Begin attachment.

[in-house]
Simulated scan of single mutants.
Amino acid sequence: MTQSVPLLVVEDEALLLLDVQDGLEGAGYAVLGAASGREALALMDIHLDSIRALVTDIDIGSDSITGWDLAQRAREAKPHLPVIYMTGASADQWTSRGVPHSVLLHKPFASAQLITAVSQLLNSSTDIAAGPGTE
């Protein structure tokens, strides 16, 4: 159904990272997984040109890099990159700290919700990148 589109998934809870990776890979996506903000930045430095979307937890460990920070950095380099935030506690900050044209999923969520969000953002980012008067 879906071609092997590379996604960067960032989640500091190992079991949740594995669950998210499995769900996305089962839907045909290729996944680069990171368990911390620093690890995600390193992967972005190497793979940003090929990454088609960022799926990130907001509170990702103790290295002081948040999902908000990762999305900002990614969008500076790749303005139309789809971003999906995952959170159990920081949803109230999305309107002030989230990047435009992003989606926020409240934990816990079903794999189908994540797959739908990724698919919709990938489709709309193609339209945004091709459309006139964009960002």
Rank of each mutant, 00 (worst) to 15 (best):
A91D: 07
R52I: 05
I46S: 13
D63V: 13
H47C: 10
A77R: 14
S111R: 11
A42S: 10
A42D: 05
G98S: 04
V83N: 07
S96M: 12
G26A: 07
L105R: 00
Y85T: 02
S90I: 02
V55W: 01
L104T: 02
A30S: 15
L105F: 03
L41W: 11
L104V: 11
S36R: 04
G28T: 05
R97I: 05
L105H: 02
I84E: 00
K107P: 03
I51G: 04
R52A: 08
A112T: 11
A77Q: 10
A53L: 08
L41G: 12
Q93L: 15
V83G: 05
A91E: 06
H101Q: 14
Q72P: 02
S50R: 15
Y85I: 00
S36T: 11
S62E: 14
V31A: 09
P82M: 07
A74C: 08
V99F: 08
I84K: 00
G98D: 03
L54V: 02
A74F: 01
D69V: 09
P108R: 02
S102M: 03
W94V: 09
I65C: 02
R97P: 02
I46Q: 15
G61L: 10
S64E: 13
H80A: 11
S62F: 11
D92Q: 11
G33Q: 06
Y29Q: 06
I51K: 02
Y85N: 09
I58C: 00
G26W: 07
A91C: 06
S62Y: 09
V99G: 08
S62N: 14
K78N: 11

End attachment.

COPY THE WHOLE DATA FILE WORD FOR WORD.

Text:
[in-house]
Simulated scan of single mutants.
Amino acid sequence: MTQSVPLLVVEDEALLLLDVQDGLEGAGYAVLGAASGREALALMDIHLDSIRALVTDIDIGSDSITGWDLAQRAREAKPHLPVIYMTGASADQWTSRGVPHSVLLHKPFASAQLITAVSQLLNSSTDIAAGPGTE
């Protein structure tokens, strides 16, 4: 159904990272997984040109890099990159700290919700990148 589109998934809870990776890979996506903000930045430095979307937890460990920070950095380099935030506690900050044209999923969520969000953002980012008067 879906071609092997590379996604960067960032989640500091190992079991949740594995669950998210499995769900996305089962839907045909290729996944680069990171368990911390620093690890995600390193992967972005190497793979940003090929990454088609960022799926990130907001509170990702103790290295002081948040999902908000990762999305900002990614969008500076790749303005139309789809971003999906995952959170159990920081949803109230999305309107002030989230990047435009992003989606926020409240934990816990079903794999189908994540797959739908990724698919919709990938489709709309193609339209945004091709459309006139964009960002």
Rank of each mutant, 00 (worst) to 15 (best):
A91D: 07
R52I: 05
I46S: 13
D63V: 13
H47C: 10
A77R: 14
S111R: 11
A42S: 10
A42D: 05
G98S: 04
V83N: 07
S96M: 12
G26A: 07
L105R: 00
Y85T: 02
S90I: 02
V55W: 01
L104T: 02
A30S: 15
L105F: 03
L41W: 11
L104V: 11
S36R: 04
G28T: 05
R97I: 05
L105H: 02
I84E: 00
K107P: 03
I51G: 04
R52A: 08
A112T: 11
A77Q: 10
A53L: 08
L41G: 12
Q93L: 15
V83G: 05
A91E: 06
H101Q: 14
Q72P: 02
S50R: 15
Y85I: 00
S36T: 11
S62E: 14
V31A: 09
P82M: 07
A74C: 08
V99F: 08
I84K: 00
G98D: 03
L54V: 02
A74F: 01
D69V: 09
P108R: 02
S102M: 03
W94V: 09
I65C: 02
R97P: 02
I46Q: 15
G61L: 10
S64E: 13
H80A: 11
S62F: 11
D92Q: 11
G33Q: 06
Y29Q: 06
I51K: 02
Y85N: 09
I58C: 00
G26W: 07
A91C: 06
S62Y: 09
V99G: 08
S62N: 14
K78N: 11